Running Shoes & Fit Tips
For more than 28 years Dr. Lisa M. Schoene has been a certified athletic trainer and Sports Medicine Podiatrist and an expert running Podiatrist in the Chicago and Northern IL area
Running shoes have many great features that make fitting most feet easy.
Each running shoe company has a different “claim to fame” such as; grids, gels, air bags, and roll bars. These items make the running shoe a very good option for the hard to fit foot and for the general non-runner patient as well. Most running shoes interface very well with custom orthotics or over the counter insoles.
Some brands are great for extra toe box room, others are best for slender feet, and some are considered helpful for the heavier “Clydesdale” runner.
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She always keeps in mind the movements of each sport and incorporates that into the treatment plan.
There Are 3 Basic Stability Levels in Running Shoes :
Designed for a runner who has very efficient foot mechanics or a foot that tends to supinate ( a foot that tends to roll outward).
This shoe typically is lighter weight and has softer lightweight material within the midsole, it wears out faster, so rotating shoes or changing more frequently is important, try changing closer to 300 miles.
Designed for the mild to moderate pronator (a foot that rolls inward) who needs extra support.
Among the different brands, there is a very wide range of stability from very soft and flexible to very firm.
Some brands are well known for their stability features, and will accommodate orthotic devices very well.
Designed for the moderate to severe over pronator, (rolling inward) or someone that is a heavier runner.
This is the heaviest shoe of all three types, with the firmest material in the midsole..
This shoe may work well for runners that have poor foot alignment, a very flat foot or are a little heavier with body weight.
What Gives Runners The Best Output
As always we have great Chicago Marathons, and as the saying goes, change is inevitable, espcially in the running shoe world. Running shoe guides are currently giving us their reviews of the new fall shoes, and it seems like cushion is back! For the past handful of years, some runners followed the running shoe trend of minimal cushioning and a zero drop mentality, believing that the foot did not need support nor the help of any extra cushioning, however this year things are changing, and the heel drop and more cushioning is back on the shelves.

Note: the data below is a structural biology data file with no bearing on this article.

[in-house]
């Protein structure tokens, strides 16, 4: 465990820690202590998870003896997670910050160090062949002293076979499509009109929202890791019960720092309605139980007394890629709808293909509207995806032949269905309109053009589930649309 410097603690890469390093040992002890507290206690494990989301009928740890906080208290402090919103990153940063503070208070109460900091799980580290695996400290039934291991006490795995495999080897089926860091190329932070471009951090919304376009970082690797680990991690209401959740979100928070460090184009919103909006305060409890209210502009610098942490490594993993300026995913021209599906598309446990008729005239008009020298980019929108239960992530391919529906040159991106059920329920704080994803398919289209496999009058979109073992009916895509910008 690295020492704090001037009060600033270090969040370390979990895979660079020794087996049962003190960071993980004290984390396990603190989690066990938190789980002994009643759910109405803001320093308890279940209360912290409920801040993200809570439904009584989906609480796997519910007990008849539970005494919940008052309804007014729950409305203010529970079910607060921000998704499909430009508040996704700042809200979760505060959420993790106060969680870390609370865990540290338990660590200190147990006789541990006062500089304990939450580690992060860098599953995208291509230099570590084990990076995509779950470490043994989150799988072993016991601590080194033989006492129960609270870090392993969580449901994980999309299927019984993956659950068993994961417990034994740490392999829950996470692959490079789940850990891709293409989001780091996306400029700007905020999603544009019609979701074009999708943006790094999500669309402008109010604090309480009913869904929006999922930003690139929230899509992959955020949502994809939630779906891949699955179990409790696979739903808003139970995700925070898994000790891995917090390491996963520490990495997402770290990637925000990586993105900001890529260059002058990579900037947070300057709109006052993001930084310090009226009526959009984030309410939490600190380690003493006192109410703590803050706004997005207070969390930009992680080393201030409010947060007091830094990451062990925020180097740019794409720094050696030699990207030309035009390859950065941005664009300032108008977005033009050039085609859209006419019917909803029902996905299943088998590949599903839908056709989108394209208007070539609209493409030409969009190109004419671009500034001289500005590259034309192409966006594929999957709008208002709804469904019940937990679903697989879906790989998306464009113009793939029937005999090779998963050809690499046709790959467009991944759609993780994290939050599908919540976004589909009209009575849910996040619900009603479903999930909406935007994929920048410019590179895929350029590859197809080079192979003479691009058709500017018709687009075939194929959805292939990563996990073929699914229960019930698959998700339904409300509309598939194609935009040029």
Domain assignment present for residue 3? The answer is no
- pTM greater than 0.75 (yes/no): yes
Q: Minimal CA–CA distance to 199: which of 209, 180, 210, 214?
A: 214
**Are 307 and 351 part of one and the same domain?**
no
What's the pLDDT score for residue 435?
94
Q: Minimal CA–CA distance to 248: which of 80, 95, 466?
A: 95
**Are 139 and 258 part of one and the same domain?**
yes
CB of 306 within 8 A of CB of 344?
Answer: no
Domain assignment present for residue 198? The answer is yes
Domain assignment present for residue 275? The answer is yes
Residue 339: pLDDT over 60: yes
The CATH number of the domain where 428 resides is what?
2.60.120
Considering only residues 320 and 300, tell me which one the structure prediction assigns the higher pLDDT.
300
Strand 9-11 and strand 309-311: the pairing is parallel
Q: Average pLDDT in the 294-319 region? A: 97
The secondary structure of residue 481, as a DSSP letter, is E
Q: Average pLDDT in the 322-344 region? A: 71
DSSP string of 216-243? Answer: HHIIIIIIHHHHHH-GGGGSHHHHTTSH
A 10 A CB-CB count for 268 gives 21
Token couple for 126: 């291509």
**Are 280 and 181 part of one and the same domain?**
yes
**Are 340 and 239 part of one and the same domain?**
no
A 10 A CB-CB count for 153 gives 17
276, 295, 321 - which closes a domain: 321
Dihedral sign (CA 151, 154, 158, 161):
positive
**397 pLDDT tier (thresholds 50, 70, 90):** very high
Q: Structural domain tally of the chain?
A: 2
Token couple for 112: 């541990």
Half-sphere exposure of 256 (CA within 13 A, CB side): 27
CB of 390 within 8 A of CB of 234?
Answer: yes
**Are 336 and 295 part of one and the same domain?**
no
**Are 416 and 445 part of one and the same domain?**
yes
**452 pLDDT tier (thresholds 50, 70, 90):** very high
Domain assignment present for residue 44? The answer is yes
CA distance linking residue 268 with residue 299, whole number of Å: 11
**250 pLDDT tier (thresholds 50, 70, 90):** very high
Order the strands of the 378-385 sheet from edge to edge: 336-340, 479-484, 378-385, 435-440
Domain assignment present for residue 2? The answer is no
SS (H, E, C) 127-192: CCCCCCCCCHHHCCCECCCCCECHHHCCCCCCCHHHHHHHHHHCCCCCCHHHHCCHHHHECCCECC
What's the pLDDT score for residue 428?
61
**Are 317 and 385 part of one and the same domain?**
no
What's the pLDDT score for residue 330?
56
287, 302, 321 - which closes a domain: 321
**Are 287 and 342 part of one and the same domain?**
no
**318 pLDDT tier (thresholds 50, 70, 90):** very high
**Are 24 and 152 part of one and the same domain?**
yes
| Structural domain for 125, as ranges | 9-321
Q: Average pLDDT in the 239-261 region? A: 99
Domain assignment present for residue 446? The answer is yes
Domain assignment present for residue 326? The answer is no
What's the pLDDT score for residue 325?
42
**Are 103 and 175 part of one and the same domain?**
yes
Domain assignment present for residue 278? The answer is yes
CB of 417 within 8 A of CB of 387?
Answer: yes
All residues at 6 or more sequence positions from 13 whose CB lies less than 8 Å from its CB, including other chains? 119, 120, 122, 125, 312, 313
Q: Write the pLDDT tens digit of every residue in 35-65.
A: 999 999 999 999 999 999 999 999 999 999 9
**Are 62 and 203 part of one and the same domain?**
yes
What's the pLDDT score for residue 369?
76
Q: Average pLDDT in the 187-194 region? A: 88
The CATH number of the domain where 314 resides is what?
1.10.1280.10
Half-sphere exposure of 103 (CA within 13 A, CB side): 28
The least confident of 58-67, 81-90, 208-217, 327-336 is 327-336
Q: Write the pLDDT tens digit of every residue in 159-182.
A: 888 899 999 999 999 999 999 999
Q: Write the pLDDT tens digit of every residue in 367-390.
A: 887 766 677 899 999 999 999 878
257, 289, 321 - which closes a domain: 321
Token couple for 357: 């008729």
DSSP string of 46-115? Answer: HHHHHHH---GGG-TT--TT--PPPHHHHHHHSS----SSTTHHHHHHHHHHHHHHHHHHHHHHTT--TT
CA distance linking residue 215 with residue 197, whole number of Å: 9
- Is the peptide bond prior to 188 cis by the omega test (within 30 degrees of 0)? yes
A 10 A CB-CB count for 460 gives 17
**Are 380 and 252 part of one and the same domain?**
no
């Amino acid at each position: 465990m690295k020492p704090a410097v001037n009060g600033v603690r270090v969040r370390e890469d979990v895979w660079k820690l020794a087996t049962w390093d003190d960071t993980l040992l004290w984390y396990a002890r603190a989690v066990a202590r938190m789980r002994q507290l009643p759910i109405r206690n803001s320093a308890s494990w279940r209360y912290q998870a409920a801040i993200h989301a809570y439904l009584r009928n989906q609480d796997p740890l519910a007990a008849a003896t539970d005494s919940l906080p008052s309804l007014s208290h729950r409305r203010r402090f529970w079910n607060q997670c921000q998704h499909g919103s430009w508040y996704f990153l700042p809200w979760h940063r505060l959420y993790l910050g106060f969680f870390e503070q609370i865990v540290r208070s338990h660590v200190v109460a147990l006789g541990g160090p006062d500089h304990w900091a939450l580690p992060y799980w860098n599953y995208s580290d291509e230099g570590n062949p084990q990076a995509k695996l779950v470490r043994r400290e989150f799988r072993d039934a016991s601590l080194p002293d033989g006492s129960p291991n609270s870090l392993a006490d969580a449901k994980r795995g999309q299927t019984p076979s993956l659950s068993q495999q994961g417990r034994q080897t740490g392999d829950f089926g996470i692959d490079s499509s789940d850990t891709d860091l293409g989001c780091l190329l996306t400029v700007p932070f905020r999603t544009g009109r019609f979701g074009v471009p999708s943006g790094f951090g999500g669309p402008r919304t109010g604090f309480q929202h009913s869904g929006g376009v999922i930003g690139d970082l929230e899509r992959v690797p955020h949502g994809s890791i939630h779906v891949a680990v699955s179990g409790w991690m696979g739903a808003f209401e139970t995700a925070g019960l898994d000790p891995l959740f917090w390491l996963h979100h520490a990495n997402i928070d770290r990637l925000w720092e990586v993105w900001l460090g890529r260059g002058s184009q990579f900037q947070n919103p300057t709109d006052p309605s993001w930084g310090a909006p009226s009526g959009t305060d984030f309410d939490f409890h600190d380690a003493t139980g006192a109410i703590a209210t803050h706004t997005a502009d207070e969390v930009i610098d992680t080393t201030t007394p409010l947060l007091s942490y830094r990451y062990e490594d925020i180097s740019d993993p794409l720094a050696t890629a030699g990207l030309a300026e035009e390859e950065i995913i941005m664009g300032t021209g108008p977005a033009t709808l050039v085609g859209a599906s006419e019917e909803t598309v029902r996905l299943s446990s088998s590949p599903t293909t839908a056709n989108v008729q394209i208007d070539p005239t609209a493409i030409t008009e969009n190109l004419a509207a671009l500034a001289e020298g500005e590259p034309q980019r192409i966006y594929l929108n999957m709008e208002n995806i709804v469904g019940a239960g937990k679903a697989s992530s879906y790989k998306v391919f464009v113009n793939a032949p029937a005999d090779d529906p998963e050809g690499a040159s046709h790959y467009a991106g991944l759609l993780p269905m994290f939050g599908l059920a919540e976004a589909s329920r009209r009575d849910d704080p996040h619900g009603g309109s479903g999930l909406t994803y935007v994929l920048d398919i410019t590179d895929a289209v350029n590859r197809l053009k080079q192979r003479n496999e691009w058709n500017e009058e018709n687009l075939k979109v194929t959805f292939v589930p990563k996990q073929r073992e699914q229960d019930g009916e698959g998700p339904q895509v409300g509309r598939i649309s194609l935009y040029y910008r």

The advent of the Hoka One One, shoe has raised the bar on cushion technology and most other shoe manufacturers are following suit. Many, if not most of the runners, ran in traditional running shoes, with only a few in Vibram technology and only one spotted barefoot. Traditional minimal shoes were designed so that runners would theoretically run with a midfoot to forefoot striking pattern. When the shoe manufacturers decided that they are going to change shoes based on how they thought runners should run, with no regards to the actual biomechanical entities of most runner’s feet, nor with any actual re-training, it was doomed to present problems eventually.
Scientific studies have shown us that the reality is, that 75% or more of us are heel strikers, and studies show, that runners also self select the gait pattern that suits them the best. Maybe the runners are self selecting more cushioning, so welcome back cushioning, as I think it is here to stay, at least for a while or until another running fad or trend comes along.
What About Barefoot Running :
Barefoot running is an interesting running option that has circulated among the running community a few times in the past 30 years. Some authors, running enthusiasts, coaches, and trainers are endorsing this training method, but is it really for every runner?
Barefoot running is believed to improve foot muscle strength, and that we were made to run without shoes. Unfortunately many runners don’t have perfect foot alignment. When the foot is improperly functioning, the inner foot muscles which move the toes, as well as the lower leg muscles which move the foot, have to work a lot harder to keep the foot, knee, leg and hip upright and working correctly. Doing an activity that puts about 3 times body weight on each foot 1500 times per mile, may be a bit tougher for a foot if it isn’t working well and there isn’t a proper shoe on it.
Barefoot running or even running in a very minimal shoe may not be the best idea for a person with previous running injuries, a poorly aligned foot, balance problems, weakness in the leg, hip or core.
What is the best solution? Each runner should do regular flexibility and strength exercises, as well as keeping the body slightly forward of the plumb line, and to land slightly more forward on the midfoot rather than on the heel. By doing all these things you will be a happy and healthy runner!